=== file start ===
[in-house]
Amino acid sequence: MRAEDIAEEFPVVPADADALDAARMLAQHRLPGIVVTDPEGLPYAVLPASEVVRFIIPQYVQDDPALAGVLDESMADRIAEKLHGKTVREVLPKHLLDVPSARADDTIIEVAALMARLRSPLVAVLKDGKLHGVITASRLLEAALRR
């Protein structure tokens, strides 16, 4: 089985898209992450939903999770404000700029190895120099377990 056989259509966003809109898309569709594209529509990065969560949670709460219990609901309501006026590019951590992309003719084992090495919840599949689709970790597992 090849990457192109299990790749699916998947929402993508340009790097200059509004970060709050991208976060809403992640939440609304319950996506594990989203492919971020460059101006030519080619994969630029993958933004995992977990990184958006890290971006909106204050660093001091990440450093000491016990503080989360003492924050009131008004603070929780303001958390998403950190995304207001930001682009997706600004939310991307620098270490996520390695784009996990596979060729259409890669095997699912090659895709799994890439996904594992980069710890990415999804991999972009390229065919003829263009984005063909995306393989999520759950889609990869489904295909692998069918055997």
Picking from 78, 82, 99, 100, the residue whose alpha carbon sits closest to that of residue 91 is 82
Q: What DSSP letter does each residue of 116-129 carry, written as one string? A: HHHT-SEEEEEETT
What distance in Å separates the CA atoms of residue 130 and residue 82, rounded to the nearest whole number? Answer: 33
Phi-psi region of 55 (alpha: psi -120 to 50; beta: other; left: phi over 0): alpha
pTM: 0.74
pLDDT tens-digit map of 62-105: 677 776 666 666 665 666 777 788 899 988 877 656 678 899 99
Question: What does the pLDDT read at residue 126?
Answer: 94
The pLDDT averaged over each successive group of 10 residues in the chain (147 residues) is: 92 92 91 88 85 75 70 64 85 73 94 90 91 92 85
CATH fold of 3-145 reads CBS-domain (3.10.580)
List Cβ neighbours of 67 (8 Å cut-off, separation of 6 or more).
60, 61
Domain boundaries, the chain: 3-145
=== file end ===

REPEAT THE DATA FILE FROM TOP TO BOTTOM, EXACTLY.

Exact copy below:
[in-house]
Amino acid sequence: MRAEDIAEEFPVVPADADALDAARMLAQHRLPGIVVTDPEGLPYAVLPASEVVRFIIPQYVQDDPALAGVLDESMADRIAEKLHGKTVREVLPKHLLDVPSARADDTIIEVAALMARLRSPLVAVLKDGKLHGVITASRLLEAALRR
């Protein structure tokens, strides 16, 4: 089985898209992450939903999770404000700029190895120099377990 056989259509966003809109898309569709594209529509990065969560949670709460219990609901309501006026590019951590992309003719084992090495919840599949689709970790597992 090849990457192109299990790749699916998947929402993508340009790097200059509004970060709050991208976060809403992640939440609304319950996506594990989203492919971020460059101006030519080619994969630029993958933004995992977990990184958006890290971006909106204050660093001091990440450093000491016990503080989360003492924050009131008004603070929780303001958390998403950190995304207001930001682009997706600004939310991307620098270490996520390695784009996990596979060729259409890669095997699912090659895709799994890439996904594992980069710890990415999804991999972009390229065919003829263009984005063909995306393989999520759950889609990869489904295909692998069918055997």
Picking from 78, 82, 99, 100, the residue whose alpha carbon sits closest to that of residue 91 is 82
Q: What DSSP letter does each residue of 116-129 carry, written as one string? A: HHHT-SEEEEEETT
What distance in Å separates the CA atoms of residue 130 and residue 82, rounded to the nearest whole number? Answer: 33
Phi-psi region of 55 (alpha: psi -120 to 50; beta: other; left: phi over 0): alpha
pTM: 0.74
pLDDT tens-digit map of 62-105: 677 776 666 666 665 666 777 788 899 988 877 656 678 899 99
Question: What does the pLDDT read at residue 126?
Answer: 94
The pLDDT averaged over each successive group of 10 residues in the chain (147 residues) is: 92 92 91 88 85 75 70 64 85 73 94 90 91 92 85
CATH fold of 3-145 reads CBS-domain (3.10.580)
List Cβ neighbours of 67 (8 Å cut-off, separation of 6 or more).
60, 61
Domain boundaries, the chain: 3-145